So I have the function `integral(function, n=1000, start=0, stop=100)`

defined in `nums.py`

:

```
def integral(function, n=1000, start=0, stop=100):
"""Returns integral of function from start to stop with 'n' rectangles"""
increment, num, x = float(stop - start) / n, 0, start
while x <= stop:
num += eval(function)
if x >= stop: break
x += increment
return increment * num
```

However, my teacher (for my Programming class) wants us to create a separate program that gets the input using `input()`

and then returns it. So, I have:

```
def main():
from nums import integral # imports the function that I made in my own 'nums' module
f, n, a, b = get_input()
result = integral(f, n, a, b)
msg = "\nIntegration of " + f + " is: " + str(result)
print(msg)
def get_input():
f = str(input("Function (in quotes, eg: 'x^2'; use 'x' as the variable): ")).replace('^', '**')
# The above makes it Python-evaluable and also gets the input in one line
n = int(input("Numbers of Rectangles (enter as an integer, eg: 1000): "))
a = int(input("Start-Point (enter as an integer, eg: 0): "))
b = int(input("End-Point (enter as an integer, eg: 100): "))
return f, n, a, b
main()
```

When run in Python 2.7, it works fine:

```
>>>
Function (in quotes, eg: 'x^2'; use 'x' as the variable): 'x**2'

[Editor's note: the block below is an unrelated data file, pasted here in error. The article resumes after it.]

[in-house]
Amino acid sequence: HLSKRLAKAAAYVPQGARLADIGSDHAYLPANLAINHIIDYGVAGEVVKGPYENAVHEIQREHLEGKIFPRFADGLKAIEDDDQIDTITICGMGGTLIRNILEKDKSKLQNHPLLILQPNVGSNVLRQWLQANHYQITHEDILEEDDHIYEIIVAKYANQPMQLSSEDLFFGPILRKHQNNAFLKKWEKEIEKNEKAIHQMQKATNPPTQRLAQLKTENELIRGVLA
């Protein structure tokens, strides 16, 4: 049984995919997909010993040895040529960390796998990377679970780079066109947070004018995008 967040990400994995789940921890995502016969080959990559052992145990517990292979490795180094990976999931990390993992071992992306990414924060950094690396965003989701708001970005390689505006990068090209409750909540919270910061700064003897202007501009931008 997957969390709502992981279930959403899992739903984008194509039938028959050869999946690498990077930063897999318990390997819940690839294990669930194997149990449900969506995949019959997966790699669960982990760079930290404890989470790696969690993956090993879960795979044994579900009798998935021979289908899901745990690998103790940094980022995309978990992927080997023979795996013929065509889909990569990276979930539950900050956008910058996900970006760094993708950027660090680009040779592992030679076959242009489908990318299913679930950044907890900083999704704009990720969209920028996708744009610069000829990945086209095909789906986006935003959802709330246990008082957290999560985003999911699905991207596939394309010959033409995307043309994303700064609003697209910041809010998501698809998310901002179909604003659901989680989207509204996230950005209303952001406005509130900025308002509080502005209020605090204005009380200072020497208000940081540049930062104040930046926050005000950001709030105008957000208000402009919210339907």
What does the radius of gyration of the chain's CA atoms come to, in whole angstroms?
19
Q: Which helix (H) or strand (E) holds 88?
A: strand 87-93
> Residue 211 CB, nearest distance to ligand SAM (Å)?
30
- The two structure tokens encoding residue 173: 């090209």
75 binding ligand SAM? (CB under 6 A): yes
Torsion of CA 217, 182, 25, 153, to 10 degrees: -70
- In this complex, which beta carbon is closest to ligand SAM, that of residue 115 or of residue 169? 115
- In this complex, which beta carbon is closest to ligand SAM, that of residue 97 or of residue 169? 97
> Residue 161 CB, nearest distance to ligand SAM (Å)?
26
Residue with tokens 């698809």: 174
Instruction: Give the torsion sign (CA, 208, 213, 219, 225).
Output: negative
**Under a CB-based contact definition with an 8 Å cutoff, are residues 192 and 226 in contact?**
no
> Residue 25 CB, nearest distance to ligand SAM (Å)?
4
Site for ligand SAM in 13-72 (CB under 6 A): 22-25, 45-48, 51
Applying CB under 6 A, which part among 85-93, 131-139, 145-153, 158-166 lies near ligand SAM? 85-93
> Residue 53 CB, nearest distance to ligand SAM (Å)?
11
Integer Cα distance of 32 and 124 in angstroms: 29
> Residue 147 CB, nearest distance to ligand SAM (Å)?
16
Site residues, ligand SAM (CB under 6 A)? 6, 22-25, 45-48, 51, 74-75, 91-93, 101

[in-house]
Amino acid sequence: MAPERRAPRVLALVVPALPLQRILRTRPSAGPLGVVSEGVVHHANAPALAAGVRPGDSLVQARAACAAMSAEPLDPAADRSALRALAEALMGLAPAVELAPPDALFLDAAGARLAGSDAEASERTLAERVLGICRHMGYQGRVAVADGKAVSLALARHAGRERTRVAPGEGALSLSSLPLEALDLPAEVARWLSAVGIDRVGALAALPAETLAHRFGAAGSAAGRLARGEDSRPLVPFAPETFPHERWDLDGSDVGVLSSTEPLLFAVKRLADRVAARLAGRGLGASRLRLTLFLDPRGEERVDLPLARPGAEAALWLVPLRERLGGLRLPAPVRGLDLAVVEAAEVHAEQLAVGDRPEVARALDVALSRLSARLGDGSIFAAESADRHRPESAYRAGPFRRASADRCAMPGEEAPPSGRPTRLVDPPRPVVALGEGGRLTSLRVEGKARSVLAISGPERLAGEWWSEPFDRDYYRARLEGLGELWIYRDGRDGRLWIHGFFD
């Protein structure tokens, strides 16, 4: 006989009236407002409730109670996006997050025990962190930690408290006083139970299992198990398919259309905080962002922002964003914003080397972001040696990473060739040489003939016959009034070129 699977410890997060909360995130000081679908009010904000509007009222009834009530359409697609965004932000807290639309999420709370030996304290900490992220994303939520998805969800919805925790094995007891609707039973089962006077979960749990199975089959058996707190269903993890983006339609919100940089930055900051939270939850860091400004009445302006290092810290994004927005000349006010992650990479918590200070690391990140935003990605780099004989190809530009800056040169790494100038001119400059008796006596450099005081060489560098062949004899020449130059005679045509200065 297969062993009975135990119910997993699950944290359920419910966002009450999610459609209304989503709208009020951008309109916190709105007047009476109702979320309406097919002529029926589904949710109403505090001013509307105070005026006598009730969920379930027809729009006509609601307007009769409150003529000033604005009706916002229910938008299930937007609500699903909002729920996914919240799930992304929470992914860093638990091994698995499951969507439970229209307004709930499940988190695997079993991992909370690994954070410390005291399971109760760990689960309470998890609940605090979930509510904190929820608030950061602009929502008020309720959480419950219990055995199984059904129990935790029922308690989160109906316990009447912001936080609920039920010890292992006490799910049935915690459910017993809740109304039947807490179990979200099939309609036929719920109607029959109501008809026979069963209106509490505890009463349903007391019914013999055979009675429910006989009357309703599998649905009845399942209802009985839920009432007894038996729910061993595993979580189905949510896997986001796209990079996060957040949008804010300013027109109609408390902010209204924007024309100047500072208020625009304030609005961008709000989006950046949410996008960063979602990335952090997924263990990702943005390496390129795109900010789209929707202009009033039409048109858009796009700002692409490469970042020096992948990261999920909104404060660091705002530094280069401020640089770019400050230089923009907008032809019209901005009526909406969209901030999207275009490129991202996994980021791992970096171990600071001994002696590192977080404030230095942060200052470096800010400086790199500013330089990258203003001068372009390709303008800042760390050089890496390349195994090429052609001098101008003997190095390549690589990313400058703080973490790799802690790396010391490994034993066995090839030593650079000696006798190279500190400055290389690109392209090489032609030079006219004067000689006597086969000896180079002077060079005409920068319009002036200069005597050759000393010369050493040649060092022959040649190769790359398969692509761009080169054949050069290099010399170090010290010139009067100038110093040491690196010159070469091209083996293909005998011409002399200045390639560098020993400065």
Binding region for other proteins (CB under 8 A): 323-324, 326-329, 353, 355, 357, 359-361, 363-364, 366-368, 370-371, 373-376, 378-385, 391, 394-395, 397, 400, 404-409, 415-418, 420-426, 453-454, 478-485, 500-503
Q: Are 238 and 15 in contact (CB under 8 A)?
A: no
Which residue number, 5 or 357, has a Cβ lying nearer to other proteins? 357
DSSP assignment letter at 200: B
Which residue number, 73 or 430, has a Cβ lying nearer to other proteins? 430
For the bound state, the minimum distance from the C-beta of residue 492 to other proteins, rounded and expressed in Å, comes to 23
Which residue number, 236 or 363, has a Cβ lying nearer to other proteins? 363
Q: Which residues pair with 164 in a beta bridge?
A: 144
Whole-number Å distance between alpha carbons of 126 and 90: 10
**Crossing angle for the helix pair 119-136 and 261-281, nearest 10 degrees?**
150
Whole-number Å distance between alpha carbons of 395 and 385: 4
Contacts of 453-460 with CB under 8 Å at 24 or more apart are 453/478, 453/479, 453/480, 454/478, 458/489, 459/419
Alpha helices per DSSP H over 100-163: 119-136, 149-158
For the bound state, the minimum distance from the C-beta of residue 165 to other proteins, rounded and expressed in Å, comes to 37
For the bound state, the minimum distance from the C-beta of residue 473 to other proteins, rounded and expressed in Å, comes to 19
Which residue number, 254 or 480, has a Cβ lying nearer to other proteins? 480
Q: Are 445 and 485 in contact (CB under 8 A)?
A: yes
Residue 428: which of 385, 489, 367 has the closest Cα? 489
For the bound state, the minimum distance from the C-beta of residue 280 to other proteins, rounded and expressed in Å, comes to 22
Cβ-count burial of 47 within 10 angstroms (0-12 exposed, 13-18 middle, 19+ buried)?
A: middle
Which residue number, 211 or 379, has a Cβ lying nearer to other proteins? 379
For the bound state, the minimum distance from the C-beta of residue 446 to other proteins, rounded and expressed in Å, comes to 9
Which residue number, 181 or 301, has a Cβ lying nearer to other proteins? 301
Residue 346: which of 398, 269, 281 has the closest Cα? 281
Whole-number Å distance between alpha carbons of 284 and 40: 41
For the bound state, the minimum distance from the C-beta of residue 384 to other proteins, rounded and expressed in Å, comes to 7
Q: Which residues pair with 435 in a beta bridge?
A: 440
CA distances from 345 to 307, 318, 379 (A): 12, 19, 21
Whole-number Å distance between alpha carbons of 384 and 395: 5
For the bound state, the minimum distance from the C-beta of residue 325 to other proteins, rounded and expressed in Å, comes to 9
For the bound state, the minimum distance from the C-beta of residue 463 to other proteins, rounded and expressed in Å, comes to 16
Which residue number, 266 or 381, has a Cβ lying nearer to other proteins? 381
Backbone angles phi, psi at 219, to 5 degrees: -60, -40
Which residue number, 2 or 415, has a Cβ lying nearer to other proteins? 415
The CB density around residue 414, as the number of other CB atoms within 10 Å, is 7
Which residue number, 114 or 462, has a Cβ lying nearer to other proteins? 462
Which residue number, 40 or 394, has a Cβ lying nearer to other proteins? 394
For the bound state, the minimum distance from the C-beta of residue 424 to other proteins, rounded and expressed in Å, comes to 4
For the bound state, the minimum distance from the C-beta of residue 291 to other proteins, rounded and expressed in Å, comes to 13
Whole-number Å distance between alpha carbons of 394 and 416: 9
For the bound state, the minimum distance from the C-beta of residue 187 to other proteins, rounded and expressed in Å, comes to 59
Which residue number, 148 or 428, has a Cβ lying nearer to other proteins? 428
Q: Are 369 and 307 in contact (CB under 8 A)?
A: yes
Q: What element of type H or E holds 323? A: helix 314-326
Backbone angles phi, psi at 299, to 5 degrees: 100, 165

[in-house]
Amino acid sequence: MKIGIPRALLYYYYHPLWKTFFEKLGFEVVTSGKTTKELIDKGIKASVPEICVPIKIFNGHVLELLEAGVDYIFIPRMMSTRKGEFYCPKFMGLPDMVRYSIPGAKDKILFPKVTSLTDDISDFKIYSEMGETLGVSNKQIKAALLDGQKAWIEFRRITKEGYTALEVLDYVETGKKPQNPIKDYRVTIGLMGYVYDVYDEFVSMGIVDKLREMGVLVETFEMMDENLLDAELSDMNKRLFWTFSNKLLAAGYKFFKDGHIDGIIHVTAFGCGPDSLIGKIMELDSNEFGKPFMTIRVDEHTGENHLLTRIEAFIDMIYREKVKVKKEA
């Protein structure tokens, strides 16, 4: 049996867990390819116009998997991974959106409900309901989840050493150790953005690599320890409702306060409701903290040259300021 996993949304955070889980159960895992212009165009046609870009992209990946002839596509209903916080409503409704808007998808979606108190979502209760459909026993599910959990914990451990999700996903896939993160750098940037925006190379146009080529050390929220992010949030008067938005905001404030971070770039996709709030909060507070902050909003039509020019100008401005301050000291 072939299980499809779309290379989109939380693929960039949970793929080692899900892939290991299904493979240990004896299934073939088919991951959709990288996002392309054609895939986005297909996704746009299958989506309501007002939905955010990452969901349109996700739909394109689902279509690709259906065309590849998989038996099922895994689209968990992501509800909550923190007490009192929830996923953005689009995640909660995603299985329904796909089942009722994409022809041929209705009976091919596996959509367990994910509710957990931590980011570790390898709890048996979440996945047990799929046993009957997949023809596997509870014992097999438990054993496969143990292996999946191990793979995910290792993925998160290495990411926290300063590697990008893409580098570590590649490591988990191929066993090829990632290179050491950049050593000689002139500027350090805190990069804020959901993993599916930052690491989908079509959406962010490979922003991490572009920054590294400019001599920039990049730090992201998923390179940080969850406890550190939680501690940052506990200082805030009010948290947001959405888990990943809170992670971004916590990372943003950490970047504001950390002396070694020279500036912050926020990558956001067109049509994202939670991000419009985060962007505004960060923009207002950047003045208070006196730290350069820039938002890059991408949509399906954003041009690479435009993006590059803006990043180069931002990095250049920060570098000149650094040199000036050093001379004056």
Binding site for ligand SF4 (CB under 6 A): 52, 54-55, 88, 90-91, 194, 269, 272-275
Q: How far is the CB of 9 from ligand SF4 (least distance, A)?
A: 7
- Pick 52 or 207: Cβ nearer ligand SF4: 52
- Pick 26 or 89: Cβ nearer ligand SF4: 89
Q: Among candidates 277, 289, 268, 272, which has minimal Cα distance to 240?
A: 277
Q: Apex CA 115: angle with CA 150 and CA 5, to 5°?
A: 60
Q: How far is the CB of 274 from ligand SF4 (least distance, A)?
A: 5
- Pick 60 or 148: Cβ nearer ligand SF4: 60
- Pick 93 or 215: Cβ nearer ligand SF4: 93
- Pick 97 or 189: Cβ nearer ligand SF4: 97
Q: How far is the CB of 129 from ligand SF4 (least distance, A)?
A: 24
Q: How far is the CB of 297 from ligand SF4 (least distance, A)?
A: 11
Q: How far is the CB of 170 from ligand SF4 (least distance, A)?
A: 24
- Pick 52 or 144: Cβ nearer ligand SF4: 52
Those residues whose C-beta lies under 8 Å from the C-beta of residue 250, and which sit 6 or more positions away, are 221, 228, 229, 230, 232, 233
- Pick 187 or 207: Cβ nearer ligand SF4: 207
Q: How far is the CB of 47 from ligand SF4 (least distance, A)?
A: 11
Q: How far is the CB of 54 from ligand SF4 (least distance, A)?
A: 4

Numbers of Rectangles (enter as an integer, eg: 1000): 1000
Start-Point (enter as an integer, eg: 0): 0
End-Point (enter as an integer, eg: 100): 100
Integration of x**2 is: 333833.5
```

However, in Python 3.3 (which my teacher insists we use), it raises an error in my `integral`

function, with the same exact input:

```
Traceback (most recent call last):
File "D:\my_stuff\Google Drive\documents\SCHOOL\Programming\Python\Programming Class\integration.py", line 20, in <module>
main()
File "D:\my_stuff\Google Drive\documents\SCHOOL\Programming\Python\Programming Class\integration.py", line 8, in main
result = integral(f, n, a, b)
File "D:\my_stuff\Google Drive\Modules\nums.py", line 142, in integral
num += eval(function)
TypeError: unsupported operand type(s) for +=: 'int' and 'str'
```

In addition, `integral`

by itself (in Python 3.3) works fine:

```
>>> from nums import integral
>>> integral('x**2')
333833.4999999991
```

Because of that, I believe the fault is in my program for my class... Any and all help is appreciated. Thanks :)